DIGITALNA ARHIVA ŠUMARSKOG LISTA
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|ŠUMARSKI LIST 9-10/2019 str. 62 <-- 62 --> PDF|
Although forestry is often considered as a traditional field of applied science, it resumes its importance in context of increased awareness of climate change and benefits coming from natural ecosystems. Updated and contemporary study programmes are needed to ensure an adequate education on managing forest ecosystems and its products.
A better insight in student background and their motivation for studies are welcome to improve the study programmes and also to find the ways how to help students achieve better results. A case study research was carried out to measure success of studies by duration of studies and average grades achieved, with possible causes. Three undergraduate study programmes on Zagreb Faculty of Forestry were analyzed (Forestry N=94, Urban forestry N=54 and Wood Technology N=39), with data acquired from a questionnaire among forestry graduate students on the same faculty academic year 2016/2017. A Factorial ANOVA was performed to test differences between the studies, and a multivariate linear regression for the influence of predictor variables on the duration of study.
Although this profession is associated with people from rural areas, about one third of all students comes from the capital city (Figure 1). Students of Wood Technology (DT) are mostly coming from vocational schools (70%) while Forestry (ŠO) and Urban Forestry (UŠ) students are mostly from gymnasiums (67% and 83%). For about 91% of students main motivation was a personal sake rather than a family interest (9%). Average scores and the duration of study on three study programmes have not been proven significantly different between the studies, nor between male and female students (Table 5). A longer time of study is proven to negatively correlated with the average grades on all study programmes: ŠO (r = -0,56), UŠ (r = -0,55) and DT (r = -0,38) (Table 4.). Statistically significant predictor for duration (with logarithmic transformation) on all study programmes in regression analysis was the average grade, with negative sign, thus leading to a shorter study time. Additional statistically significant predictors for ŠO were obtained grant and personal motivation (negative sign), and for DT were sex, obtained grant, and type of high school (Table 6).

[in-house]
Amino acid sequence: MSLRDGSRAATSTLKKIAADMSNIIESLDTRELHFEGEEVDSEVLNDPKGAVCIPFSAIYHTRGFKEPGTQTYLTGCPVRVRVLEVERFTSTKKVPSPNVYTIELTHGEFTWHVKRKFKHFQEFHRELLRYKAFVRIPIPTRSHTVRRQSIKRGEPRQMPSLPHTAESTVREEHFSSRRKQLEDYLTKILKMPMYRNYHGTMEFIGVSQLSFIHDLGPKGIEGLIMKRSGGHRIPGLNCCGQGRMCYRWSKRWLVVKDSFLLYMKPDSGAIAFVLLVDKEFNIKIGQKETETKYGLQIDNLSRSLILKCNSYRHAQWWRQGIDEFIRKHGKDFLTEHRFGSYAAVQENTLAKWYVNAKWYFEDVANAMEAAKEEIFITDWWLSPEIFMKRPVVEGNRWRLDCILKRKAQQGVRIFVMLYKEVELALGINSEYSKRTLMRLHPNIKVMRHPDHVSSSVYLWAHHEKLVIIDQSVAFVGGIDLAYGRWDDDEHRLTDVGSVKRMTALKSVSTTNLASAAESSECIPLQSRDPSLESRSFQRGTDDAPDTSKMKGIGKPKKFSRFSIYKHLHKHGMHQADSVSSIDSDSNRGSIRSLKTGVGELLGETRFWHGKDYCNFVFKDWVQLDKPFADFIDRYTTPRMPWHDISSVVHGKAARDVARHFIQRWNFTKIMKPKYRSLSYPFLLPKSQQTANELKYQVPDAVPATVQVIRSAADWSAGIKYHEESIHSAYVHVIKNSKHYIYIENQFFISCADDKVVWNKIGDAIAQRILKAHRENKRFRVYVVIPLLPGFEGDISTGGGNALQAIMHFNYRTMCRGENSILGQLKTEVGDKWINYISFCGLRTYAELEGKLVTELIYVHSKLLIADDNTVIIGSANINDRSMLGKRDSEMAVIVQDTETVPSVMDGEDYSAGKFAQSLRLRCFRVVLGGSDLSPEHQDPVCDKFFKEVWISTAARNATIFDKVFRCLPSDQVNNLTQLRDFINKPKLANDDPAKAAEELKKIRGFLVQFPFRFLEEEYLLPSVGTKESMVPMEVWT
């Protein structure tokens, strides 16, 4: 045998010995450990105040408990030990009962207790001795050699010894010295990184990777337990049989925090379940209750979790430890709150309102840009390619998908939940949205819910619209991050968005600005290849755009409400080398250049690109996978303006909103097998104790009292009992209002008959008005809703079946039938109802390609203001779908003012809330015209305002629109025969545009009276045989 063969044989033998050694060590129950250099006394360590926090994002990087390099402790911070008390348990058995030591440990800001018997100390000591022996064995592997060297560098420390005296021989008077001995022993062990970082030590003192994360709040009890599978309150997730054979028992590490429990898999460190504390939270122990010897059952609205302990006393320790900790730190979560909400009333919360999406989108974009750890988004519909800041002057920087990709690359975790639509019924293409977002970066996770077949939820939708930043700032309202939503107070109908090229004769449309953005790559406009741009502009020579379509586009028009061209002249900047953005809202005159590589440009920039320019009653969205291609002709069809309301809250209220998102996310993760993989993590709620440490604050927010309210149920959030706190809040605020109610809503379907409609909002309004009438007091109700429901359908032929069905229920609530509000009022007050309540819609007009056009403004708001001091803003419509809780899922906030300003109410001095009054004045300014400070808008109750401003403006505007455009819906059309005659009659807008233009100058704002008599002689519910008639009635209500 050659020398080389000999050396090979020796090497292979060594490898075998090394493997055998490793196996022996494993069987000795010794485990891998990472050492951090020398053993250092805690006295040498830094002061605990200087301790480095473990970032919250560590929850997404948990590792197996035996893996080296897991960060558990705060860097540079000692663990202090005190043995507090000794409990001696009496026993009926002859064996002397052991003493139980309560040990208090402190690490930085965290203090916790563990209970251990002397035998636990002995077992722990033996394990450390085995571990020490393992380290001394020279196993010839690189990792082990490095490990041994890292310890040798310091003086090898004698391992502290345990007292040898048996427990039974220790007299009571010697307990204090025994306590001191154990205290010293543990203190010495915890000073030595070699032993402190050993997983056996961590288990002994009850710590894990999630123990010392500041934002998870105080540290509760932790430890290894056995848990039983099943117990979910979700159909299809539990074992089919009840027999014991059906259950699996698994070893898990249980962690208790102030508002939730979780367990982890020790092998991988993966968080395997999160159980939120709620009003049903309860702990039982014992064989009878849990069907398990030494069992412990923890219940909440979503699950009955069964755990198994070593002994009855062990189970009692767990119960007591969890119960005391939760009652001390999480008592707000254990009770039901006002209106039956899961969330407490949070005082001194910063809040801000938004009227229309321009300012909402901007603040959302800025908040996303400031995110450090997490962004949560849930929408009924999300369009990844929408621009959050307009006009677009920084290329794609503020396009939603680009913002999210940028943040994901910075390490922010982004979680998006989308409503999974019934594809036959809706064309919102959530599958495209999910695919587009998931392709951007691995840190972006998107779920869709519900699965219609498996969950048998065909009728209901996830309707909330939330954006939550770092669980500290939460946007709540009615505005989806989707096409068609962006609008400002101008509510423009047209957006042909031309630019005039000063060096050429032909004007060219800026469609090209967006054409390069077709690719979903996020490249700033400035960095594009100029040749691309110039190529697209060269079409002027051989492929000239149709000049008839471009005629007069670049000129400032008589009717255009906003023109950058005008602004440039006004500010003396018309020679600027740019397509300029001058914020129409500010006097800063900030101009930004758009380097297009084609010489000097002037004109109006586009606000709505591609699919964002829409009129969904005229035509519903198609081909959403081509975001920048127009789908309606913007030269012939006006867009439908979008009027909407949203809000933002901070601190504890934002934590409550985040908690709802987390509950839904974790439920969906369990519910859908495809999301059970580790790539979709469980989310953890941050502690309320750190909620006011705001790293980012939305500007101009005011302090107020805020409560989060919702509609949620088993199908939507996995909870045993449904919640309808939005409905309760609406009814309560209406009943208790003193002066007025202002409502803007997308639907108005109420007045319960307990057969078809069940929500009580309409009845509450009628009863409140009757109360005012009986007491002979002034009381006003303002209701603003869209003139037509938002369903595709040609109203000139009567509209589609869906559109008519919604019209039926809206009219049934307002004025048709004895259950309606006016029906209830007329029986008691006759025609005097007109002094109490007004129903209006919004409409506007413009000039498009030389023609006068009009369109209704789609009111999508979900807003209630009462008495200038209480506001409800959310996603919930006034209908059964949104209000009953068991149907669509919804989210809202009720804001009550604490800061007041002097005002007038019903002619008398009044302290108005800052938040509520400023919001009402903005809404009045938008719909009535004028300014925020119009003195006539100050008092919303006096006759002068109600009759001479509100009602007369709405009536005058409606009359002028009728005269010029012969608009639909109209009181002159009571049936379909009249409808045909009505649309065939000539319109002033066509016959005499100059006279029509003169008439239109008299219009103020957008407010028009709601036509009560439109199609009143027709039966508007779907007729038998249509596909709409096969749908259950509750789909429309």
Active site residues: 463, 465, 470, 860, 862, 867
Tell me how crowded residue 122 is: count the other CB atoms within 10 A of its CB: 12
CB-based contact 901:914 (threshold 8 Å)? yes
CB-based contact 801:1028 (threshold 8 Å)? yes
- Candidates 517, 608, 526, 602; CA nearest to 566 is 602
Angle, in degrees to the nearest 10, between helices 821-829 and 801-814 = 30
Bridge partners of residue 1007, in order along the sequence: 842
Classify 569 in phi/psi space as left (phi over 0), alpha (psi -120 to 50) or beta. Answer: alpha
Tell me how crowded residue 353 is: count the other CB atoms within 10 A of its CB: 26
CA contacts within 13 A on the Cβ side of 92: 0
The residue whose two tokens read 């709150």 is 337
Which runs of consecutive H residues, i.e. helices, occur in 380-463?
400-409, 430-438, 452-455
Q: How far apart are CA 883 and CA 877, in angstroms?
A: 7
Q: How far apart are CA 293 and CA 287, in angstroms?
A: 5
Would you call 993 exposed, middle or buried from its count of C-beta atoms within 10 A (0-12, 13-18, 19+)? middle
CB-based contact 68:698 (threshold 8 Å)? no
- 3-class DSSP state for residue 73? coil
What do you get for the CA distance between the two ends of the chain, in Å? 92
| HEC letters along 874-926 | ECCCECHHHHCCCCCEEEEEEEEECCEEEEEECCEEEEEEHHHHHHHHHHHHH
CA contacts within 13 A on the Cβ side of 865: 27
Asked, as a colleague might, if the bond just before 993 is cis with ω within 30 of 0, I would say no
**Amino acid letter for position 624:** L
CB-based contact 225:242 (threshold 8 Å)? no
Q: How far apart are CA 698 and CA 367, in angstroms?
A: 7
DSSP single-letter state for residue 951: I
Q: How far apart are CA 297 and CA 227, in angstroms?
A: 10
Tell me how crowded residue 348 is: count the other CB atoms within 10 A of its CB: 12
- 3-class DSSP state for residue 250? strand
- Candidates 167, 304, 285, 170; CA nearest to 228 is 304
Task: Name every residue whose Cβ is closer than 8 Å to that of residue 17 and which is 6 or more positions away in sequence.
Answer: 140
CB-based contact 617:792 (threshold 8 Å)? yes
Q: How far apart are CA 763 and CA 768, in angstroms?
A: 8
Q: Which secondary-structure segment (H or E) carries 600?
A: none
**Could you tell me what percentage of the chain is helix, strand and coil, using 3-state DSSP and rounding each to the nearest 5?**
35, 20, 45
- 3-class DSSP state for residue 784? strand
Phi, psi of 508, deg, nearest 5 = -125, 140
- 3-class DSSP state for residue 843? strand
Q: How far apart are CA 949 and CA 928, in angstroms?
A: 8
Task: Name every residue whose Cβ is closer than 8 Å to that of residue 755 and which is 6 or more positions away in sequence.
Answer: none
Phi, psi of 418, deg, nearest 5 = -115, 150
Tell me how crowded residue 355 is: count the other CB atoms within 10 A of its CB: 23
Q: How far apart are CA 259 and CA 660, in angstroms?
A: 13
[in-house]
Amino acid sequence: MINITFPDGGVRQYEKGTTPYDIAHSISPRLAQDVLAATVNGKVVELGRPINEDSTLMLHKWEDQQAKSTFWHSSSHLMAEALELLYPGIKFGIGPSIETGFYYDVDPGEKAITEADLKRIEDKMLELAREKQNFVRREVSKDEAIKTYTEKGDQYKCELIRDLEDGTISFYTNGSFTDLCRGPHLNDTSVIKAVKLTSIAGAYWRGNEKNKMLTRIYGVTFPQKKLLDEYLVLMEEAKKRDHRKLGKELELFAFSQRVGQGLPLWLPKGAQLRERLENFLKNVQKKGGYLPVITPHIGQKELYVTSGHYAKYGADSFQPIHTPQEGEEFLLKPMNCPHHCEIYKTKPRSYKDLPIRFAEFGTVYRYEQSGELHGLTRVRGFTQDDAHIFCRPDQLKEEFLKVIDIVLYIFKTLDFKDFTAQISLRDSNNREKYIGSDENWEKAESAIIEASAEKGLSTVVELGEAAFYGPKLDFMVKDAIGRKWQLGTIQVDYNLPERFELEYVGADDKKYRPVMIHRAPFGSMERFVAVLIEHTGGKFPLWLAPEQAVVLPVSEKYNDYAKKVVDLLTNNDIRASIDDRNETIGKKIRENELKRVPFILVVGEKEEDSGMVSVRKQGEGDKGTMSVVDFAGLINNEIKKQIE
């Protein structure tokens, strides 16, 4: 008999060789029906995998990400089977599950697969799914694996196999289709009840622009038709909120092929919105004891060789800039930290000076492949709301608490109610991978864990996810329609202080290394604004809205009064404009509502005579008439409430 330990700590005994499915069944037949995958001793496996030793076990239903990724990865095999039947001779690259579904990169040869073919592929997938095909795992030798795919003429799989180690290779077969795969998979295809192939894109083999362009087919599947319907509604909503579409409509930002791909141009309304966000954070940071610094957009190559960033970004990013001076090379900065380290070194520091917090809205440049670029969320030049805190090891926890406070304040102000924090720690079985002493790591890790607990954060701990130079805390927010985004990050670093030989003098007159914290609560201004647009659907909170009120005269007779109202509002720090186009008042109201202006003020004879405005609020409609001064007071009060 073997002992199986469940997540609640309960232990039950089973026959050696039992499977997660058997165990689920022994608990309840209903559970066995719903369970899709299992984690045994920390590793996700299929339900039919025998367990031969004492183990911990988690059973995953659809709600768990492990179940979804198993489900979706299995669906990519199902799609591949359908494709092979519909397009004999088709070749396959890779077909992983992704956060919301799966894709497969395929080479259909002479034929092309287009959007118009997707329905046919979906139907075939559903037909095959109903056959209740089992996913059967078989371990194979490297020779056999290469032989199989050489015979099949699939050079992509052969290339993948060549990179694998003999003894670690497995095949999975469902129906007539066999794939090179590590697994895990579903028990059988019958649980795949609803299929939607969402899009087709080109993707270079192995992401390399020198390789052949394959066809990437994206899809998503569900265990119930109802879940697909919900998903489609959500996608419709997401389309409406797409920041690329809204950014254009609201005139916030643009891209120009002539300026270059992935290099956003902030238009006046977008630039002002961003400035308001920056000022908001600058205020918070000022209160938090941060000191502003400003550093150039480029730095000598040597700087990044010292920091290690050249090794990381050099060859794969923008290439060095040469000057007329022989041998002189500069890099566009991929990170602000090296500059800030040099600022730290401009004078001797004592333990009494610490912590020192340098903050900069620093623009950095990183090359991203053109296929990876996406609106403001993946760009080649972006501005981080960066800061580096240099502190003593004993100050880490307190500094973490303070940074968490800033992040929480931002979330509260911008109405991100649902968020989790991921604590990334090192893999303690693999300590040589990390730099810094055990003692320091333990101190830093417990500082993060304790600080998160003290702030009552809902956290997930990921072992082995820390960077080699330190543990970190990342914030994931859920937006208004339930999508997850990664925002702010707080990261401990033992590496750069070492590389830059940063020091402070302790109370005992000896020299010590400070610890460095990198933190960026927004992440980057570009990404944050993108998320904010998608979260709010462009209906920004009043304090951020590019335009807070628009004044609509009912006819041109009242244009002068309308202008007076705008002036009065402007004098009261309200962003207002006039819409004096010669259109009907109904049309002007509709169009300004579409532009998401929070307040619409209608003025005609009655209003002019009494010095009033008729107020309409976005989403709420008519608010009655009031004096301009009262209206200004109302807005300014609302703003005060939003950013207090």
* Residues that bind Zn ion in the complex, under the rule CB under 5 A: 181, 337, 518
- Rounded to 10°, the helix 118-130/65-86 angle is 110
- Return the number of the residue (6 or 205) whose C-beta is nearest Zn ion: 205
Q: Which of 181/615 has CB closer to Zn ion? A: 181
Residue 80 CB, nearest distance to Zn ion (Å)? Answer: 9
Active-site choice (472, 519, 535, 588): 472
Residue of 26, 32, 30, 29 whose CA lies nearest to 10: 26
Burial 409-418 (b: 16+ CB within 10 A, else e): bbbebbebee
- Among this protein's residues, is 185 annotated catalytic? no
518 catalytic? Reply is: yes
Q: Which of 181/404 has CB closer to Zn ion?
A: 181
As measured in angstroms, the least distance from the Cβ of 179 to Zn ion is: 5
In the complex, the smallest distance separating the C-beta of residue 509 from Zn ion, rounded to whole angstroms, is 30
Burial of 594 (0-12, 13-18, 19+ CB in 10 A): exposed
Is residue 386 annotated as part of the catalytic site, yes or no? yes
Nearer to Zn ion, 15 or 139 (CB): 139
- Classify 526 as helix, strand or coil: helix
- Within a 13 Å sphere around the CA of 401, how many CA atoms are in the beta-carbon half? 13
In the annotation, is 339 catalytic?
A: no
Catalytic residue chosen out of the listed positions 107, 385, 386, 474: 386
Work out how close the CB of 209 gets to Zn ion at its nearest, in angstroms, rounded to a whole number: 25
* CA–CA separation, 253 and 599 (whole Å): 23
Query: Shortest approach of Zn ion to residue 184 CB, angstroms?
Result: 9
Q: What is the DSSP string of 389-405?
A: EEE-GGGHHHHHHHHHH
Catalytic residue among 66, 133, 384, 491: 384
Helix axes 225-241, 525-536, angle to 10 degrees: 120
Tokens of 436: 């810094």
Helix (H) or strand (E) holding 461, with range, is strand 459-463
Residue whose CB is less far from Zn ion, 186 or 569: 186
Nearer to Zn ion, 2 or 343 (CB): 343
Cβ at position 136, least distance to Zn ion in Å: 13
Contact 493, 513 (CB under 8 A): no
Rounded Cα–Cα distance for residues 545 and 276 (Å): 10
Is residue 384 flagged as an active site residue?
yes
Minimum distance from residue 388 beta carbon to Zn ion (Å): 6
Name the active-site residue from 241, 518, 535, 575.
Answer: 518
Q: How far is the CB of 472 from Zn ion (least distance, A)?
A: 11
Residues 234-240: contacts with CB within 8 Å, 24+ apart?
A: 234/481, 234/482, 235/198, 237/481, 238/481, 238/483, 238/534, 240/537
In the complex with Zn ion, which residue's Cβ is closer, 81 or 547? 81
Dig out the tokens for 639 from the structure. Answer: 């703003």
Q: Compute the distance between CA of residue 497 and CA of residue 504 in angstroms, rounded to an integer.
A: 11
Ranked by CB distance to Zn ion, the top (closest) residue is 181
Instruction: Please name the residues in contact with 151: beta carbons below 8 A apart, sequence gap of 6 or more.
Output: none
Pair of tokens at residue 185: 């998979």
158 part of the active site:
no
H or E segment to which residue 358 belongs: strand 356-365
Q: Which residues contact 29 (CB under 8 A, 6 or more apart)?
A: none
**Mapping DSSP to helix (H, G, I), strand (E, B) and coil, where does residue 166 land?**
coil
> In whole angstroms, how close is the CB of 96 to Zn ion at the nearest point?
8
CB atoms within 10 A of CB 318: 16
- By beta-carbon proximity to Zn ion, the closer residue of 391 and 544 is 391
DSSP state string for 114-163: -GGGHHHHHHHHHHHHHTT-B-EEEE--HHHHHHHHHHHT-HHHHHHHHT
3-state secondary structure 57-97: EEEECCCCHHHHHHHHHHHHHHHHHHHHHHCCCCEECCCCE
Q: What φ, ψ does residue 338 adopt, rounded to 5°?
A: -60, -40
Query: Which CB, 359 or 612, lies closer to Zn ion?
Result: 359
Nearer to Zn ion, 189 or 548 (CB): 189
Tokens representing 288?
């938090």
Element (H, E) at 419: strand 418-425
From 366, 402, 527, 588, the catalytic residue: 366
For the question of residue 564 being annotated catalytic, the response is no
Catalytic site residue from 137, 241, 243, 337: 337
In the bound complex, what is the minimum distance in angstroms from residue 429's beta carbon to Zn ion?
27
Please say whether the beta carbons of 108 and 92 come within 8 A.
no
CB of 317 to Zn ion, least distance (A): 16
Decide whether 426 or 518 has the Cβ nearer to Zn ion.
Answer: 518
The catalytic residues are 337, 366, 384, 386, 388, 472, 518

Key words: academic performance, average grade, duration of study, regression analysis, study programme